For most of the past two months, residents have been without water or electricity. Yet their rates have continued to rise. Children play in a nearby sewer and people have resorted to fetching water from boreholes and using the bush for the toilet.
Ndira ushers us into a dark, sparsely furnished three-room house, home to 16 people. The only light filters through cracks in the door. A small crowd soon shuffles in. They are unwilling to give their names, but eager to talk.
A middle-aged woman charges the government with sabotage. "The only people being punished are in MDC strongholds. People are being chased away from their houses and replaced by soldiers. They don't care where we go, whether we go and live in the bush."
Look East policy
The group then repeat a rumour that's sweeping Harare — the government has cleared the flea markets in town as part of a business deal with the Chinese, who will soon take over the vacated areas. "Mugabe has no friends in the West, so now he's turned to China," says the woman.

“People are being chased away from their houses and replaced by soldiers. They don't care where we go, whether we go and live in the bush”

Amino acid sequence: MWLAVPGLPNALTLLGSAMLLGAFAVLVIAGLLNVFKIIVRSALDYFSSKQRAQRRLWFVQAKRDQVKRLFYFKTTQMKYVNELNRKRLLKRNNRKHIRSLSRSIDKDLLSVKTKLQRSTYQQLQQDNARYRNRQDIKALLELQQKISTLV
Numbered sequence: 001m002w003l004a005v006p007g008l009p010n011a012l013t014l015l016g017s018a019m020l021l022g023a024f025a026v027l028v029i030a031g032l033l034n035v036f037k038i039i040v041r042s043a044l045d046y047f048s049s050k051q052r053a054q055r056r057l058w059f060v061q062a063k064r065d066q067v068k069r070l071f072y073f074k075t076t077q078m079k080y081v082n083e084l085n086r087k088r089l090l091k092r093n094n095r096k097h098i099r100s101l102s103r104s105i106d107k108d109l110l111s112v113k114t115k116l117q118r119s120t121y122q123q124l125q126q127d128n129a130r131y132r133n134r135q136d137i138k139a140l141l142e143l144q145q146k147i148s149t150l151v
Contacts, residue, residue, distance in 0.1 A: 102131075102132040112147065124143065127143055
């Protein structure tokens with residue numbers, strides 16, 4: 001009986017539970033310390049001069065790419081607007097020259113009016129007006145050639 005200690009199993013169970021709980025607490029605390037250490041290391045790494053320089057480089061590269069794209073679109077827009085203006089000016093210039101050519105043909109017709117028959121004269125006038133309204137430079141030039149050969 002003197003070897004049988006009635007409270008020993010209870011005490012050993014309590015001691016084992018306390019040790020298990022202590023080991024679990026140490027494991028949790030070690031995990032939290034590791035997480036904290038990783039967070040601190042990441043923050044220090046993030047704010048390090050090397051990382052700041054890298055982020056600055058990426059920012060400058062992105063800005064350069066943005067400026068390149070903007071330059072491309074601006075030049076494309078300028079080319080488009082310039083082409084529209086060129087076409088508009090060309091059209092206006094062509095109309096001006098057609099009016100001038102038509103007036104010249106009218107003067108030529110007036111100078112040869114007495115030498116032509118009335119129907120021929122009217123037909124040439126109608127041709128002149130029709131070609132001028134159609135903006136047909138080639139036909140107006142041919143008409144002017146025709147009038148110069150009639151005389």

Mabvuku resident

In recent months the Zimbabwean government has implemented a Look East policy, spending $500 million on Chinese arms and aircraft.
Their claims cannot be independently verified.
Meanwhile, among the poor ever more desperate survival strategies are being adopted. "It [the situation] is forcing our daughters to be prostitutes," says the woman. Schoolgirls as young as 14 are changing out of their uniforms after class and heading to the local beer halls to sell themselves for about $1 or simply a packet of crisps.
A middle-aged man in a smart suit — but like most residents, no job to wear it to — says people are increasingly turning to Kachasu, a noxious homemade brandy that "burns the lungs" and "makes you deadly drunk".
"People can forget about life and everything," he says.
The only hope, the group unanimously agree, is when there is a change of government: "Only when Mugabe is removed can there be change."
Search for fuel
We leave Mabvuku with Muzuva and Ndira and attempt to get fuel on the black market — the only place it is available — in order to leave Harare.
Petrol is in great shortage in many areas of Zimbabwe
 
The electricity is out, night has fallen and half the city is shrouded in darkness. Fires glow by the roadsides. Stalls lie overturned in broken heaps where markets bustled just a few hours before.
Thousands, including schoolchildren, are on the streets, stranded without means of getting home as there is no fuel for the public transport. Eventually, the army arrives and transports people back to the townships free of charge.